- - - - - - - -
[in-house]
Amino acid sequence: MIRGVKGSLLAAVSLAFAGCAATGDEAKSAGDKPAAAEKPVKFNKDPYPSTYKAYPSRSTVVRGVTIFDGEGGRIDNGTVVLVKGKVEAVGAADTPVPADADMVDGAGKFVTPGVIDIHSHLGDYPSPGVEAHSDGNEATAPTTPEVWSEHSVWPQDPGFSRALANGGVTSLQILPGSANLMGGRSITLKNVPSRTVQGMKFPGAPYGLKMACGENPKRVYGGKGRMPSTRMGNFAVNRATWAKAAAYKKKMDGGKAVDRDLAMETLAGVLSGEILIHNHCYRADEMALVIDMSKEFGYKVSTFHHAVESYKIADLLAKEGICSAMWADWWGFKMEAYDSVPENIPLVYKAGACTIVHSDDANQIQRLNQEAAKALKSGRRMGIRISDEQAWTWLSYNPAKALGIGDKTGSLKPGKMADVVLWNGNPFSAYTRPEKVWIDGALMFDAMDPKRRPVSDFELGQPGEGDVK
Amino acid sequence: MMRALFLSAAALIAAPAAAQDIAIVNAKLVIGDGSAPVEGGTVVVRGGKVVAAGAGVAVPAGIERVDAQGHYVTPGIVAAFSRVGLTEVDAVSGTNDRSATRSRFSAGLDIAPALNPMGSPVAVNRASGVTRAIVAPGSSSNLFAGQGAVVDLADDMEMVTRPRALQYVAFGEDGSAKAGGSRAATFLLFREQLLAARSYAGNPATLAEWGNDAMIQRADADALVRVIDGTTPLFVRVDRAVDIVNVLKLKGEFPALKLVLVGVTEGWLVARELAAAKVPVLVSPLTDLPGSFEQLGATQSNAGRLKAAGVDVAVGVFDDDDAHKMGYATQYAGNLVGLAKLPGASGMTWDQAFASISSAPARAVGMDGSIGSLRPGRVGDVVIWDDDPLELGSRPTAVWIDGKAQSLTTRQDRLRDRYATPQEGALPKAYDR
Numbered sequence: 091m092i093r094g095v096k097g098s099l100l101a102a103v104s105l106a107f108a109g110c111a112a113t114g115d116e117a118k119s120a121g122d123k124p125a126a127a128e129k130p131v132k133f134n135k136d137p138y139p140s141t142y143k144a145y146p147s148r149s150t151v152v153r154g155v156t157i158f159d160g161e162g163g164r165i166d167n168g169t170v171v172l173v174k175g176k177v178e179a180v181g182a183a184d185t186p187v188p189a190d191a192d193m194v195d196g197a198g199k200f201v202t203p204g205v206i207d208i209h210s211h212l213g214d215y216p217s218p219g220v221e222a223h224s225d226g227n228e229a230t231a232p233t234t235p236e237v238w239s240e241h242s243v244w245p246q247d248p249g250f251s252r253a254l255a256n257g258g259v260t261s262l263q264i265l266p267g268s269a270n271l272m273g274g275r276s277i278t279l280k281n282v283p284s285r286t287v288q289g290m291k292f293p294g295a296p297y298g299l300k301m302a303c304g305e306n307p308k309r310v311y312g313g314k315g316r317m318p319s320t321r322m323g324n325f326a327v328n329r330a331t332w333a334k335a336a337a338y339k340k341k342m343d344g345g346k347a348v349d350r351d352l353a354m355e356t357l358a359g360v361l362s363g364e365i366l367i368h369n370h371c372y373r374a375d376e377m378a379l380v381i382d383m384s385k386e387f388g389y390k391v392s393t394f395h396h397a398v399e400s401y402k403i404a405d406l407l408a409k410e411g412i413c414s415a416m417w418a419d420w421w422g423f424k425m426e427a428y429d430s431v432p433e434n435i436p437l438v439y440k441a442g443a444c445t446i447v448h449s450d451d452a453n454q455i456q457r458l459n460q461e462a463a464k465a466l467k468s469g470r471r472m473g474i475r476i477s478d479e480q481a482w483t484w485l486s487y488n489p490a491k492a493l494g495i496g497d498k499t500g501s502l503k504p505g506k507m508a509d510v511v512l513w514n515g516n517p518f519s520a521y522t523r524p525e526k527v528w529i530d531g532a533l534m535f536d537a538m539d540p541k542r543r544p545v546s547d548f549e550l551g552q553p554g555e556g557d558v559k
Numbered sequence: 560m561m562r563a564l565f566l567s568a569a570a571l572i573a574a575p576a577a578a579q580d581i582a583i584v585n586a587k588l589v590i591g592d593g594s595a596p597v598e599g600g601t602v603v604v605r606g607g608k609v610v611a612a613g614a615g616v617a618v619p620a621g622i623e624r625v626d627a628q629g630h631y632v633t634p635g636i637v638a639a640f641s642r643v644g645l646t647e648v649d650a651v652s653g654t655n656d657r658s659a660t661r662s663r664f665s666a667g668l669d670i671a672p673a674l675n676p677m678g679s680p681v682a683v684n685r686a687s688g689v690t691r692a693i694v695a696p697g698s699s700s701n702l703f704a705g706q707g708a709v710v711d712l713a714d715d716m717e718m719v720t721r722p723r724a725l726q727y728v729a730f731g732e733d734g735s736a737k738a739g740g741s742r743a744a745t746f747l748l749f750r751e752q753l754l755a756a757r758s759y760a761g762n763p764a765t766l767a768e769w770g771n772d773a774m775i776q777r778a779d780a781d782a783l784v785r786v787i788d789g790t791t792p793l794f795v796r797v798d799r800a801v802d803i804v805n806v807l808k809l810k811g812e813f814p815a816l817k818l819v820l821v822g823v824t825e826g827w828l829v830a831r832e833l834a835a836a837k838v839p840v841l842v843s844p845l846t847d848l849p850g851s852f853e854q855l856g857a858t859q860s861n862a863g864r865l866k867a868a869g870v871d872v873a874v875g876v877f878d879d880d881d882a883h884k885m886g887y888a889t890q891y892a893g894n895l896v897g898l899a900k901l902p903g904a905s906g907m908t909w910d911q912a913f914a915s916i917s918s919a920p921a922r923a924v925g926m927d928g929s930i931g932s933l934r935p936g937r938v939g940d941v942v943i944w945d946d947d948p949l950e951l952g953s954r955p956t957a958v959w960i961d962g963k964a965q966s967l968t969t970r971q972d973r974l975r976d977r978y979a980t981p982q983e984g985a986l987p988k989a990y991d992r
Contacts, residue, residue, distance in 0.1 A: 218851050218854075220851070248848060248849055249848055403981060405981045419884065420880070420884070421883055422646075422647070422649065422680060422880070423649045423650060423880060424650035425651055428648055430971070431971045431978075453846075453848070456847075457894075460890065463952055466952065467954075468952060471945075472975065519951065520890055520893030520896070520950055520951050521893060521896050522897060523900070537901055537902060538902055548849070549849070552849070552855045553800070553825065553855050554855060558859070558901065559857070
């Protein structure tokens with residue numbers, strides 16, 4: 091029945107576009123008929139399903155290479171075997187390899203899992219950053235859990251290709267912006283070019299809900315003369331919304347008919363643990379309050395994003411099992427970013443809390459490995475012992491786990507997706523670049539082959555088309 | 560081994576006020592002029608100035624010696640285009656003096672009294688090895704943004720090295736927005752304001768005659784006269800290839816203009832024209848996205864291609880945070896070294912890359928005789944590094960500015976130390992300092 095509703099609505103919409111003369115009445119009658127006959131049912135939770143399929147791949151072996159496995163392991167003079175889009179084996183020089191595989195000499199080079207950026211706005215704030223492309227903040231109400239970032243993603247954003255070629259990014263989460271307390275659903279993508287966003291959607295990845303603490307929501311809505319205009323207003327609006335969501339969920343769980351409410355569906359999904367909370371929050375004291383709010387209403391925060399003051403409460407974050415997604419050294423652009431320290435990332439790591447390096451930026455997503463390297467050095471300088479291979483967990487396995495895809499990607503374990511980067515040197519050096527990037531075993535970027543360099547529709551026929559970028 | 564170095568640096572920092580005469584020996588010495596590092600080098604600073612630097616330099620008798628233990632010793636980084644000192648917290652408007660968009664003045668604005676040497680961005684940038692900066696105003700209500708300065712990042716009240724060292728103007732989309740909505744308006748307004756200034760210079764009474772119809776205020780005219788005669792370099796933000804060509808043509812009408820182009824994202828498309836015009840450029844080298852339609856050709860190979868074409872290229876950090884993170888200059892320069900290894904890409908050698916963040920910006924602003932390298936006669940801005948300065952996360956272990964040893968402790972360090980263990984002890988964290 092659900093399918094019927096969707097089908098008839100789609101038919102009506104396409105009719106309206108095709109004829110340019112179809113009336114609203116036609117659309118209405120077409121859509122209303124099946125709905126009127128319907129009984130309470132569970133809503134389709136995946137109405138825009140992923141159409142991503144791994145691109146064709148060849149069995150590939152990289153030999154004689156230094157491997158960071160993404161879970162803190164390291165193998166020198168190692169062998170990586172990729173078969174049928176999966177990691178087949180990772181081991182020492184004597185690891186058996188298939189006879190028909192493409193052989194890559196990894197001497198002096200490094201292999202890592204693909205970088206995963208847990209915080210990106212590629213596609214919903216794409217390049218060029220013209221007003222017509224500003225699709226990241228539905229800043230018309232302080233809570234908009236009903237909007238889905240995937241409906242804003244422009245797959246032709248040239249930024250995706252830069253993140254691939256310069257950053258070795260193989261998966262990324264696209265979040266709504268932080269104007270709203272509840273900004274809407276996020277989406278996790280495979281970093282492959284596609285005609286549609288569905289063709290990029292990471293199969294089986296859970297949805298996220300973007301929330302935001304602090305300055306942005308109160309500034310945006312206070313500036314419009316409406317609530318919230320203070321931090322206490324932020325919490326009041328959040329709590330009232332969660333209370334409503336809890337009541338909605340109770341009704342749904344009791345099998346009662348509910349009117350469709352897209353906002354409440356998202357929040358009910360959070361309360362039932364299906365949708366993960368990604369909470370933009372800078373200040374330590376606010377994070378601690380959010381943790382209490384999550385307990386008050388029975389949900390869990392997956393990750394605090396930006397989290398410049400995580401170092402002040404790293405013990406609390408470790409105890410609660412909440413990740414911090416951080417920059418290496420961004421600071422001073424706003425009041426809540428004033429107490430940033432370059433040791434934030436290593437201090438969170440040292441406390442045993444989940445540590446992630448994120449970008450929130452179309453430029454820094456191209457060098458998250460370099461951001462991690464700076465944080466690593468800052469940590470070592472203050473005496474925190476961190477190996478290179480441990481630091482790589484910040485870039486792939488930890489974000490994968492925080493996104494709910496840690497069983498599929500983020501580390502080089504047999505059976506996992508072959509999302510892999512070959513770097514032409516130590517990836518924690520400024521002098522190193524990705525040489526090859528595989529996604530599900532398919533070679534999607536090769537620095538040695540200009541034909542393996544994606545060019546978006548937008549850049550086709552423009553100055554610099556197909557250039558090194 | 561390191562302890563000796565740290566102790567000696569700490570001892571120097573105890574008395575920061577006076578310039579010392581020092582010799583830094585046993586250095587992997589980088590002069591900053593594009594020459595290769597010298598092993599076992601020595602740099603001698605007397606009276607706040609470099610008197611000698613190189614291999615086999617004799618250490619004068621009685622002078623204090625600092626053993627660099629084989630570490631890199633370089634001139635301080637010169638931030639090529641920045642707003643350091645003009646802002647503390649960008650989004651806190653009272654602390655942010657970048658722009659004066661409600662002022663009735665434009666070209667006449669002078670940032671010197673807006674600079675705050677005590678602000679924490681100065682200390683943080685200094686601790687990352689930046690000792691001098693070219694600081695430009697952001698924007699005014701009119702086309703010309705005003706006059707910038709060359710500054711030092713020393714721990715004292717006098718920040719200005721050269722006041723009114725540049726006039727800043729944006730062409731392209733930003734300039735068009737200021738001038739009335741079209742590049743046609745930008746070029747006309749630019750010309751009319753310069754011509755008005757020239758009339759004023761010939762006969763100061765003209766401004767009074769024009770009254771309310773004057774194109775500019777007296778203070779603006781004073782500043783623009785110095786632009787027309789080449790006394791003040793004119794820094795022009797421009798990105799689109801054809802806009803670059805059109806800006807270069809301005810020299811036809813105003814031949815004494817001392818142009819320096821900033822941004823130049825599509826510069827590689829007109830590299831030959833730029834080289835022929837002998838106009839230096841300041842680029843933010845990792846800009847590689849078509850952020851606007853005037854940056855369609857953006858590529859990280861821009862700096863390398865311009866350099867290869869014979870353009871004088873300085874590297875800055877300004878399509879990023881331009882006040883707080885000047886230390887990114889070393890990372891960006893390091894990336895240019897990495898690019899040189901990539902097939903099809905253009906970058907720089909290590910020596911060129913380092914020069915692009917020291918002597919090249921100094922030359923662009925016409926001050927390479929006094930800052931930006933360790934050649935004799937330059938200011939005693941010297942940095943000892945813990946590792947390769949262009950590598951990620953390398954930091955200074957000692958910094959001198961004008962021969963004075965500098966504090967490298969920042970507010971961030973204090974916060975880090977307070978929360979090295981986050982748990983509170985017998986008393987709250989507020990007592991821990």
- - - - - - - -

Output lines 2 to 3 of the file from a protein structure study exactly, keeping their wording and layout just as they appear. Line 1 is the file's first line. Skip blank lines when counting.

Amino acid sequence: MIRGVKGSLLAAVSLAFAGCAATGDEAKSAGDKPAAAEKPVKFNKDPYPSTYKAYPSRSTVVRGVTIFDGEGGRIDNGTVVLVKGKVEAVGAADTPVPADADMVDGAGKFVTPGVIDIHSHLGDYPSPGVEAHSDGNEATAPTTPEVWSEHSVWPQDPGFSRALANGGVTSLQILPGSANLMGGRSITLKNVPSRTVQGMKFPGAPYGLKMACGENPKRVYGGKGRMPSTRMGNFAVNRATWAKAAAYKKKMDGGKAVDRDLAMETLAGVLSGEILIHNHCYRADEMALVIDMSKEFGYKVSTFHHAVESYKIADLLAKEGICSAMWADWWGFKMEAYDSVPENIPLVYKAGACTIVHSDDANQIQRLNQEAAKALKSGRRMGIRISDEQAWTWLSYNPAKALGIGDKTGSLKPGKMADVVLWNGNPFSAYTRPEKVWIDGALMFDAMDPKRRPVSDFELGQPGEGDVK
Amino acid sequence: MMRALFLSAAALIAAPAAAQDIAIVNAKLVIGDGSAPVEGGTVVVRGGKVVAAGAGVAVPAGIERVDAQGHYVTPGIVAAFSRVGLTEVDAVSGTNDRSATRSRFSAGLDIAPALNPMGSPVAVNRASGVTRAIVAPGSSSNLFAGQGAVVDLADDMEMVTRPRALQYVAFGEDGSAKAGGSRAATFLLFREQLLAARSYAGNPATLAEWGNDAMIQRADADALVRVIDGTTPLFVRVDRAVDIVNVLKLKGEFPALKLVLVGVTEGWLVARELAAAKVPVLVSPLTDLPGSFEQLGATQSNAGRLKAAGVDVAVGVFDDDDAHKMGYATQYAGNLVGLAKLPGASGMTWDQAFASISSAPARAVGMDGSIGSLRPGRVGDVVIWDDDPLELGSRPTAVWIDGKAQSLTTRQDRLRDRYATPQEGALPKAYDR